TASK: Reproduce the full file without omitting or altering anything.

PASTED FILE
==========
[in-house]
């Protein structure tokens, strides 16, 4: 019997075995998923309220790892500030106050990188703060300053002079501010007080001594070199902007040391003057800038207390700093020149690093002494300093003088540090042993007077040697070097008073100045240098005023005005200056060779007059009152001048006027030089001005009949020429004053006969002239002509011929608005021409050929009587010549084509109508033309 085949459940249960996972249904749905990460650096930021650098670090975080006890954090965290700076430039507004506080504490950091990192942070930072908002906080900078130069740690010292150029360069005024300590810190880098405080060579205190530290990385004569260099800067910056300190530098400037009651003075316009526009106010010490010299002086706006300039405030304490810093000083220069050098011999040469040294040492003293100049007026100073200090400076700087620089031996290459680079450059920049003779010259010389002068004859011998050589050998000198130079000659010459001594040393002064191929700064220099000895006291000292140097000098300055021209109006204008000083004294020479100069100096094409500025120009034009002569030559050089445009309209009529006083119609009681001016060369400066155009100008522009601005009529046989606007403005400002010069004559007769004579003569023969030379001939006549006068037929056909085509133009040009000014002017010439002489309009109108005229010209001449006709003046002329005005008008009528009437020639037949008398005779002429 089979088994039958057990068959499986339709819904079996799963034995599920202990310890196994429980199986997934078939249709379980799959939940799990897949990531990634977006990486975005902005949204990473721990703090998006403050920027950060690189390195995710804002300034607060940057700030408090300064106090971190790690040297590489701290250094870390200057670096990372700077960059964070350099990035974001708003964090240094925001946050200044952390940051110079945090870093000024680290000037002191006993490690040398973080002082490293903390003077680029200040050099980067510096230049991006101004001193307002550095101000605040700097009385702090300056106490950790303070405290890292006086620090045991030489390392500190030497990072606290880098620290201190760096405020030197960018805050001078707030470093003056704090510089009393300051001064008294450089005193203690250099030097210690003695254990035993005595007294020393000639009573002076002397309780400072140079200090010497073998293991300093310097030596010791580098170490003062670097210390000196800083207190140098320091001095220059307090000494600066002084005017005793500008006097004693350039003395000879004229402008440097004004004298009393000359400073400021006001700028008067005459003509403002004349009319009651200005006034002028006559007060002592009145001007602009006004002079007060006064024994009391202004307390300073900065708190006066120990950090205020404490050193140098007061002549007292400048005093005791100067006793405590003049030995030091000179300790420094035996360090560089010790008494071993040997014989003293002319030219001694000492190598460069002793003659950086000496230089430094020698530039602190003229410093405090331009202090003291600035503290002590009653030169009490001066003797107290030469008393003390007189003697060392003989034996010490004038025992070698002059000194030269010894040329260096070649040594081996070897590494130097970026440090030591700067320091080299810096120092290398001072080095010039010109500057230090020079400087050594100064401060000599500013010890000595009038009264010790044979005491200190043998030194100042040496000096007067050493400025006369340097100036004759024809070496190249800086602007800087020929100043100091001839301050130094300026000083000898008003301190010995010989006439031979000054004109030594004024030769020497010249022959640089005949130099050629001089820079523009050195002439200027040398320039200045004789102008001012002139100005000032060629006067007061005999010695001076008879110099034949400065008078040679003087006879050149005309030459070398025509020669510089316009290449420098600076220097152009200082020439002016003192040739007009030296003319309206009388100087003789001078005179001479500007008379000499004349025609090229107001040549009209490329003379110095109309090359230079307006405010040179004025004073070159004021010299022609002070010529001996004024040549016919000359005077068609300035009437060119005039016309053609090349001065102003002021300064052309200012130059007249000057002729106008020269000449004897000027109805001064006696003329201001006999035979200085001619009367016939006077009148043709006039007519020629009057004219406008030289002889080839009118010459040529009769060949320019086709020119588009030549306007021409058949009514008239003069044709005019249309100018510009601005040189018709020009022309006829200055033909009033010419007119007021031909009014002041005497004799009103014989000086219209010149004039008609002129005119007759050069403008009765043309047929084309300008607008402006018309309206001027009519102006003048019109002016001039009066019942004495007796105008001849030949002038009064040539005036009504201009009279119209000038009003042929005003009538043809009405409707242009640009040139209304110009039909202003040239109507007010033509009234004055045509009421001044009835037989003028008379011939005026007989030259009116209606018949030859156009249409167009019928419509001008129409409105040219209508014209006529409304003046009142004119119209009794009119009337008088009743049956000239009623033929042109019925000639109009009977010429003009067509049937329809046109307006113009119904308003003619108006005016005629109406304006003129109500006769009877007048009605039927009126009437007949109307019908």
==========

[in-house]
């Protein structure tokens, strides 16, 4: 019997075995998923309220790892500030106050990188703060300053002079501010007080001594070199902007040391003057800038207390700093020149690093002494300093003088540090042993007077040697070097008073100045240098005023005005200056060779007059009152001048006027030089001005009949020429004053006969002239002509011929608005021409050929009587010549084509109508033309 085949459940249960996972249904749905990460650096930021650098670090975080006890954090965290700076430039507004506080504490950091990192942070930072908002906080900078130069740690010292150029360069005024300590810190880098405080060579205190530290990385004569260099800067910056300190530098400037009651003075316009526009106010010490010299002086706006300039405030304490810093000083220069050098011999040469040294040492003293100049007026100073200090400076700087620089031996290459680079450059920049003779010259010389002068004859011998050589050998000198130079000659010459001594040393002064191929700064220099000895006291000292140097000098300055021209109006204008000083004294020479100069100096094409500025120009034009002569030559050089445009309209009529006083119609009681001016060369400066155009100008522009601005009529046989606007403005400002010069004559007769004579003569023969030379001939006549006068037929056909085509133009040009000014002017010439002489309009109108005229010209001449006709003046002329005005008008009528009437020639037949008398005779002429 089979088994039958057990068959499986339709819904079996799963034995599920202990310890196994429980199986997934078939249709379980799959939940799990897949990531990634977006990486975005902005949204990473721990703090998006403050920027950060690189390195995710804002300034607060940057700030408090300064106090971190790690040297590489701290250094870390200057670096990372700077960059964070350099990035974001708003964090240094925001946050200044952390940051110079945090870093000024680290000037002191006993490690040398973080002082490293903390003077680029200040050099980067510096230049991006101004001193307002550095101000605040700097009385702090300056106490950790303070405290890292006086620090045991030489390392500190030497990072606290880098620290201190760096405020030197960018805050001078707030470093003056704090510089009393300051001064008294450089005193203690250099030097210690003695254990035993005595007294020393000639009573002076002397309780400072140079200090010497073998293991300093310097030596010791580098170490003062670097210390000196800083207190140098320091001095220059307090000494600066002084005017005793500008006097004693350039003395000879004229402008440097004004004298009393000359400073400021006001700028008067005459003509403002004349009319009651200005006034002028006559007060002592009145001007602009006004002079007060006064024994009391202004307390300073900065708190006066120990950090205020404490050193140098007061002549007292400048005093005791100067006793405590003049030995030091000179300790420094035996360090560089010790008494071993040997014989003293002319030219001694000492190598460069002793003659950086000496230089430094020698530039602190003229410093405090331009202090003291600035503290002590009653030169009490001066003797107290030469008393003390007189003697060392003989034996010490004038025992070698002059000194030269010894040329260096070649040594081996070897590494130097970026440090030591700067320091080299810096120092290398001072080095010039010109500057230090020079400087050594100064401060000599500013010890000595009038009264010790044979005491200190043998030194100042040496000096007067050493400025006369340097100036004759024809070496190249800086602007800087020929100043100091001839301050130094300026000083000898008003301190010995010989006439031979000054004109030594004024030769020497010249022959640089005949130099050629001089820079523009050195002439200027040398320039200045004789102008001012002139100005000032060629006067007061005999010695001076008879110099034949400065008078040679003087006879050149005309030459070398025509020669510089316009290449420098600076220097152009200082020439002016003192040739007009030296003319309206009388100087003789001078005179001479500007008379000499004349025609090229107001040549009209490329003379110095109309090359230079307006405010040179004025004073070159004021010299022609002070010529001996004024040549016919000359005077068609300035009437060119005039016309053609090349001065102003002021300064052309200012130059007249000057002729106008020269000449004897000027109805001064006696003329201001006999035979200085001619009367016939006077009148043709006039007519020629009057004219406008030289002889080839009118010459040529009769060949320019086709020119588009030549306007021409058949009514008239003069044709005019249309100018510009601005040189018709020009022309006829200055033909009033010419007119007021031909009014002041005497004799009103014989000086219209010149004039008609002129005119007759050069403008009765043309047929084309300008607008402006018309309206001027009519102006003048019109002016001039009066019942004495007796105008001849030949002038009064040539005036009504201009009279119209000038009003042929005003009538043809009405409707242009640009040139209304110009039909202003040239109507007010033509009234004055045509009421001044009835037989003028008379011939005026007989030259009116209606018949030859156009249409167009019928419509001008129409409105040219209508014209006529409304003046009142004119119209009794009119009337008088009743049956000239009623033929042109019925000639109009009977010429003009067509049937329809046109307006113009119904308003003619108006005016005629109406304006003129109500006769009877007048009605039927009126009437007949109307019908």